While psychologists have identified human temperament as being the predominant factor in human behavior and a reason for which they act in a certain manner in a negotiation, many experts in the negotiation field classify negotiators as being competitive or collaborative. In practice there is a range of styles, based on the degree to which persons think first about themselves or about the other person involved in the process (see Figure 1.1).

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Figure 1.2.3 The spectrum of negotiation style (Adler, Ermhorst, 2005, p.114)

In accordance with the figure above, there it can be a balance between concession and competition. Negotiation styles are rarely pure win-win or win-lose, and many negotiators exhibit a combination of these approaches. The image depicts the range of negotiating styles, taking into account the two types of consideration: self consideration and consideration for others.

Consideration for self depicts individuals who prioritize their needs as being more important than those of the other party and in this case the end justifies the means, while the concept of consideration for others depicts individuals who value the foundation of a future relationship with the other party. However, excessive consideration for both yourself and others has disadvantages, such as manipulation or the creation of relentless concessions in which case the main disadvantage is illustrated by losing the negotiation process. In order to manage the result to which a negotiation process is heading to, negotiation skills are required and precisely these skills support the creation of a negotiation style.

Negotiating is a skill that everyone can use, regardless of whether or not how much information a person has on this area. At the end of the day, an individual’s entire life is based on negotiation, whether he negotiates with a vendor at the market or an important contract with an international company. The conclusion is that negotiation is about “using knowledge to get what you want.” (Shapiro, Jankowski, 2001, p. 19).

One of the challenges, though, is that not everyone negotiates in the same way. Each person is characterized by a personal negotiating style that influences how he or she approaches and engages in the process. By being aware of their negotiating style, individuals will be in a better position to acquire good negotiating skills. Below, there are presented a few characteristics of each negotiation style:

- The competing style – It is the approach according to which the entire process is treated as a rivalry in which the substance of what is being traded is the only real concern and the dealings are done in a tough way.

A competitive individual is handling a negotiation in a forceful and confrontational way, focusing on seeking to get what he wants and needs, without taking into consideration the other parties’ opinions. This approach differentiates from the other techniques through manipulation, argumentation, pressure, intimidation and persuasion, all these coming from the part of the person described by this style. Sometimes, if this person has the advantage of possessing a privileged position on the hierarchical scale, it can include claiming superiority and exercising authority to win his proposed objective.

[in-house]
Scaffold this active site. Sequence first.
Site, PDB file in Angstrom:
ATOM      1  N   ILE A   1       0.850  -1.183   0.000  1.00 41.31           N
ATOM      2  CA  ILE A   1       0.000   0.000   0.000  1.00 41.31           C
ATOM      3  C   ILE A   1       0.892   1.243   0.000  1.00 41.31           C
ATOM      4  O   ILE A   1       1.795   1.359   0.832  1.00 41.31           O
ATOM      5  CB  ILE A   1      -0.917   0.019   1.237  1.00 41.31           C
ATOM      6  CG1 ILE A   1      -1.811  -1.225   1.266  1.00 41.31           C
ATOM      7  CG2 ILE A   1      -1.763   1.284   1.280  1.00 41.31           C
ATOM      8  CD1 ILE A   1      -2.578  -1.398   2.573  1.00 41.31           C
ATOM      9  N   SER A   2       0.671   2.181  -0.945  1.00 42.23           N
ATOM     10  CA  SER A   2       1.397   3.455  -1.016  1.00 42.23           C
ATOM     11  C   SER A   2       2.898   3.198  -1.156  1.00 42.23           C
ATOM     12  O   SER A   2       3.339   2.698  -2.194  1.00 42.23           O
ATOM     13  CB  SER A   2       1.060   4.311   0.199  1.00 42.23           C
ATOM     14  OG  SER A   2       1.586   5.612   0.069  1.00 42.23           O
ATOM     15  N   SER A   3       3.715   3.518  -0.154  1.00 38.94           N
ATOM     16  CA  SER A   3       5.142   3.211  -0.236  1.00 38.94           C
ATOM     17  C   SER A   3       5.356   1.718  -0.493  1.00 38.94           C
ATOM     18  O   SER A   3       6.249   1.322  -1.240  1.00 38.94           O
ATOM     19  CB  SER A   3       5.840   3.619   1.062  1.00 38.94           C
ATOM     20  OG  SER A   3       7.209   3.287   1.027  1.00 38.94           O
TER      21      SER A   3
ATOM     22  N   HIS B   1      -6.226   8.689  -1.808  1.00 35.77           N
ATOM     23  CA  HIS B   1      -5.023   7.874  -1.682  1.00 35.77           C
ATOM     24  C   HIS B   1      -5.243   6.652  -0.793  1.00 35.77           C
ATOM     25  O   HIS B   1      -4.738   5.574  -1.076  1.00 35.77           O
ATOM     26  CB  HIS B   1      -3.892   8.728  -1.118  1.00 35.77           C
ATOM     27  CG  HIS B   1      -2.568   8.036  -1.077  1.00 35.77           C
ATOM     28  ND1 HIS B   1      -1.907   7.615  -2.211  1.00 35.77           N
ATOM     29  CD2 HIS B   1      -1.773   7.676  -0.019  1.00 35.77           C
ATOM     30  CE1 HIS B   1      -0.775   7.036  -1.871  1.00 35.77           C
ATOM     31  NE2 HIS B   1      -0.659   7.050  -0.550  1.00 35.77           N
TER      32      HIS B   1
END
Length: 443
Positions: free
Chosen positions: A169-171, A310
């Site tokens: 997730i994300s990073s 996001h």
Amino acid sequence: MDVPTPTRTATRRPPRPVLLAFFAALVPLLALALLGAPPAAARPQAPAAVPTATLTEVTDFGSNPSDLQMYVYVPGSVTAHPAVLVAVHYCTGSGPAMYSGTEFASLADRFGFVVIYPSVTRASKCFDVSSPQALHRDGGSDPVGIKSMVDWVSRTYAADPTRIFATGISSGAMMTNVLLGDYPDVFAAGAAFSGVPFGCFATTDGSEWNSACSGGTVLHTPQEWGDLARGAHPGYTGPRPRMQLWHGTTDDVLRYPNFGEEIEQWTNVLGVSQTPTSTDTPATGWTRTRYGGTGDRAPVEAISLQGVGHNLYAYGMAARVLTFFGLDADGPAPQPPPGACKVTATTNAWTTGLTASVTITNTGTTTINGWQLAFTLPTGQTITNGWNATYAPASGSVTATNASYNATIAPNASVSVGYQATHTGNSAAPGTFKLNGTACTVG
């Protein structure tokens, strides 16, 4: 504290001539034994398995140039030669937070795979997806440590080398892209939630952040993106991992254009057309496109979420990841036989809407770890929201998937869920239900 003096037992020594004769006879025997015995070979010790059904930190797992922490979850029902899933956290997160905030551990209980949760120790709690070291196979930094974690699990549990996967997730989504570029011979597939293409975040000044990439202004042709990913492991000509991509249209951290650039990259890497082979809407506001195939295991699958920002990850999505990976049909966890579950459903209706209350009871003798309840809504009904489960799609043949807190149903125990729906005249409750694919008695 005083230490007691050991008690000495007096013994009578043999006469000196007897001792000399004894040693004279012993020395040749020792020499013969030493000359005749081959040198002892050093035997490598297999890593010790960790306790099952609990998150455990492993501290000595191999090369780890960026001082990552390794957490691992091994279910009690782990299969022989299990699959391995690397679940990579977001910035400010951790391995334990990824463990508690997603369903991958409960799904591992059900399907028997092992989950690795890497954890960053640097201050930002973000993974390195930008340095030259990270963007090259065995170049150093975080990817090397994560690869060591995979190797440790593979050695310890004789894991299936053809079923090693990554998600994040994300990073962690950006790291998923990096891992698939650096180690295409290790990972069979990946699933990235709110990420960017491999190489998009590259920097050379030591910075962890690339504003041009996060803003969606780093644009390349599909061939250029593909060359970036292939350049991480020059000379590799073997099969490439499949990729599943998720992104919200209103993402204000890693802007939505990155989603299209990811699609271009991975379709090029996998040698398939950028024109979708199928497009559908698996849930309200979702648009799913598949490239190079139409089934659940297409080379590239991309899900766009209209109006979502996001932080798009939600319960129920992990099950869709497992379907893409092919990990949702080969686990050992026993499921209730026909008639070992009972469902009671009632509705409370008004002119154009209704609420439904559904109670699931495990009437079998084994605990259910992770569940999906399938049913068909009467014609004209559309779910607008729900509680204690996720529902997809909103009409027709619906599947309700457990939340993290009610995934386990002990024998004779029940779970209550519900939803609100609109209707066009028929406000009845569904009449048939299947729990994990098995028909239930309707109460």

When there is an emphasis on the outcome of the negotiation and not on expressing the willingness of a long term relationship with the other party, a competitive behavior arises. In this case, the party driven by this kind of conduct carries out a hard bargain, his interests prevailing in front of the other party. He is engaged in a win-lose competition, the total victory being his goal. His strength is that he is a tough battler, for whom tools like threats, bluffs, surprises, deceit, and trickery represent a natural way of conducting the process against his adversaries (or opponents).

For a competitive negotiator, business is business and power and control represent everything. The parties’ interests cannot be merged and there can be only one winner. Even though, it will represent a wise thing for him to show some goodwill in helping his counterpart enjoy a victory too, he does not choose this path. By letting the other part in disadvantage, it reinforces in his mind the idea of winning.

- The avoiding style - When there is little interest in forging the best deal and keeping and developing business relationships, an avoiding behavior pattern is produced. In most situations, the avoiding style of handling a negotiation is contrary to the competing one. Instead of controlling and dealing the process with force and power, the concerned person retreats and withdraws. This type of individual is dominated by the lack of concern and feelings of powerlessness.

This style is a form of ignoring the entire dispute. The avoider employs tactics to sidestep or postpone an issue or withdraw altogether from what he perceives a threatening situation. He is reluctant in showing any sign of affirmation, nor he cooperates or engages in the negotiation for any reason.

Feelings of powerlessness, lack of concern in the outcome, admission of defeat, surrender, and accepting whatever the other party is willing to concede become part of the avoider’s attitude.

Usually, an avoiding negotiator will start the negotiation by prioritizing the points to be discussed and he will start by dealing with his essential issues. In the case in which he is litigating multiple related actions, the avoider’s decision will be to take the factors step by step, in order not to lose focus on the negotiated issue and to avoid confrontational situations.

In general, the persons dominated by a withdrawal behavior keep a low profile and they are indifferent and resigned. Realistically, they take in a negotiation only whatever the other party is willing to concede, the results being beyond their influence. Key actions that sent to this style are represented by verbs like: forgo, waive, sacrifice, relinquish, surrender, yield and cede.

- The compromising style - The compromising style represents the middle way in a negotiation process. When there is a moderate degree of concern coming from both parties taking part in the procedure, generally the effect of this behavior conducts to a compromise.